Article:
Fletcher is the more overtly silly one in the partnership, even if he’s the one who keeps a foot in the real world, so to speak, by working a day job as a businessman. But even that blends into his art. Before becoming a financial planner, he spent almost seven years selling insurance. He calls it a seven-year “performance.” He thinks he got fired for holding after-hours “gallery openings” where he hung his friends’ art in the company’s conference room without telling his bosses.

Art and life are inseparable for the couple. In fact, they practice a distinct brand of conceptual art they call “life art,” which blurs the lines between reality and performance. But can living your life be called art? It’s the same conundrum presented by the proverbial tree falling in the forest: If there’s no audience, was there really a performance?

That, of course, is a philosophical question. From a practical standpoint, as Reichert and Fletcher would soon discover, Death & Taxes wouldn’t merely turn their lives into art; it would turn their lives into a burden.

James Philpot is sitting at his office in downtown Oakland, trying to figure out what the heck these two artists are doing here. Philpot, a businessman who sold SpeeDee Oil franchises on the West Coast, is a counselor for the Service Corps of Retired Executives (SCORE), a national organization that gives free advice to small-business entrepreneurs on getting their companies off the ground.

Fletcher and Reichert have come to SCORE to craft a business plan that will attract investors for Death & Taxes. At least that’s what they say. Unbeknown to Philpot, he’s a player in one of the couple’s life-performances.

“I’m still not getting the point. … I have a hard time understanding what you’re striving for,” the befuddled consultant tells Fletcher and Reichert.

“It’s an attempt to privatize our lives and change it in a way that makes our lives more profitable,” Reichert says.

Philpot remains skeptical. “You want to be profitable, but you don’t have a product.”

Seeing the consultant’s confusion, Reichert allows that Death & Taxes isn’t truly a product-based business. It provides a service, she says.

A service?

As Fletcher explains, Death & Taxes has been hired to streamline the household budget and activities of its clients — Fletcher and Reichert — so they have more money and time for their art. In truth, the business is failing. Death & Taxes has only complicated their lives, and has not made it more efficient or profitable. At the time they met with Philpot, they were projecting a $10,000 deficit by year’s end.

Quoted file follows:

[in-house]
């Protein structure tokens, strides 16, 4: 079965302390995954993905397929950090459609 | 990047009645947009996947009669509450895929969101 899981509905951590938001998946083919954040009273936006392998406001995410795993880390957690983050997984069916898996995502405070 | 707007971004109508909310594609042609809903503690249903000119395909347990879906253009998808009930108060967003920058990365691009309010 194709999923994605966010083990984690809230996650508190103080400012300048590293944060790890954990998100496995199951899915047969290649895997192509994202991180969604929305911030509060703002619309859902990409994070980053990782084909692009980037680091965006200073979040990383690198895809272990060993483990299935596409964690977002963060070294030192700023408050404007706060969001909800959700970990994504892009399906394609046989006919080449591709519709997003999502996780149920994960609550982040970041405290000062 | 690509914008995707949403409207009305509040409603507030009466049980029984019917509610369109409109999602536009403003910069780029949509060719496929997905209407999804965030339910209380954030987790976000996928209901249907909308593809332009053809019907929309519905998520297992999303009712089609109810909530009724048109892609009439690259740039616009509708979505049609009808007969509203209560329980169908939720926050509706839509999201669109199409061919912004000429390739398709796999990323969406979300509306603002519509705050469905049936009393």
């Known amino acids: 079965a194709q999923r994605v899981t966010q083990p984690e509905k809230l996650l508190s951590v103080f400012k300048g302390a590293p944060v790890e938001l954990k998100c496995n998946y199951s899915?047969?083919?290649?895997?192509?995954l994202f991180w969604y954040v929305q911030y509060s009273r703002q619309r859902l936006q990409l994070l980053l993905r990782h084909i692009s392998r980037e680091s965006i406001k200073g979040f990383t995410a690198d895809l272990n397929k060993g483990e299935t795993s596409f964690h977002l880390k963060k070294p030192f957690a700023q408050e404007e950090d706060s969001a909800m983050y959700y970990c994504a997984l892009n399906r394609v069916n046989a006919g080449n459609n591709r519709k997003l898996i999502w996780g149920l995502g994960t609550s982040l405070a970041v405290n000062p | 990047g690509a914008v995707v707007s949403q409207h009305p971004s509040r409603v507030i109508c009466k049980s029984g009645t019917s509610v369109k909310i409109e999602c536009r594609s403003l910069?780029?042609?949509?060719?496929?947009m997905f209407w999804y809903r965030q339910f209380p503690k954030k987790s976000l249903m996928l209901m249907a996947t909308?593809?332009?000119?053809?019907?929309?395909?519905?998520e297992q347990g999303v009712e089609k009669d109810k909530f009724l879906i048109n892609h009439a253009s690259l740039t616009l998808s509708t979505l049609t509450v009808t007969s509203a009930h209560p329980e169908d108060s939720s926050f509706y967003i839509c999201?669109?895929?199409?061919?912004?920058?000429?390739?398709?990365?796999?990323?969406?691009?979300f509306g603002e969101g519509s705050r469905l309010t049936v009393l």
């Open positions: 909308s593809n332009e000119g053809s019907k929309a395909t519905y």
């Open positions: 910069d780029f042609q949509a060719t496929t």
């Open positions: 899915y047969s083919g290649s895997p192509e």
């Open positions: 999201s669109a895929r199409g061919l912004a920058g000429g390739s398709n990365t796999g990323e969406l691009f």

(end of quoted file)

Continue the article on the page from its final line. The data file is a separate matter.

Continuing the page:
Fletcher won’t concede that the company has no products. There are, for instance, the quarterly corporate reports, which catalogue the couple’s household expenses in excruciating detail — the $1 Fletcher gave to a panhandler; the $83.79 Reichert spent at Target on shoes, a skirt, and underwear. The bound reports — of which one hundred are printed each quarter — also have “financial highlights” sections that describe savings and unexpected costs, such as “A parking ticket sparked a stress-related incident that resulted in Sean accidentally throwing a morning newspaper through the front window of the house.” Stanford University bought a $175 yearly subscription to the reports.

The couple also sold an empty Savarin coffee can for $48, the exact amount they needed to buy their daughter new shoes. Death & Taxes had obtained a corporate discount when buying the coffee, so the couple declared the cans as products of their project.

To Philpot, coffee cans and quarterly reports sound neither like products nor art. He tells them, gently, that venture capitalists are probably not going to invest in their little company because, well, VCs actually want to make money from their investment. “If you had a product,” he ventures, “a tangible product people could feel, and it caught on … “

The conversation turns into a discussion on the meaning of conceptual art. Fletcher explains that while the project may sound weird, they’re hardly the first conceptual artists to push the definition of art. In the ’60s, he recalls, artist Robert Barry did an installation consisting entirely of invisible radio waves (which could, however, be picked up on gallery visitors’ radios). Barry would then “catch” the waves in a box and sell the box, Fletcher says.

Reichert makes the point that it’s the artist, not the finished product, who gives a work its value. She cites Andy Warhol’s painting of soup cans, which leads her back to the Death & Taxes coffee cans. “It’s not the price of the coffee can,” she argues, “it’s the price of the thinking that went into the work.”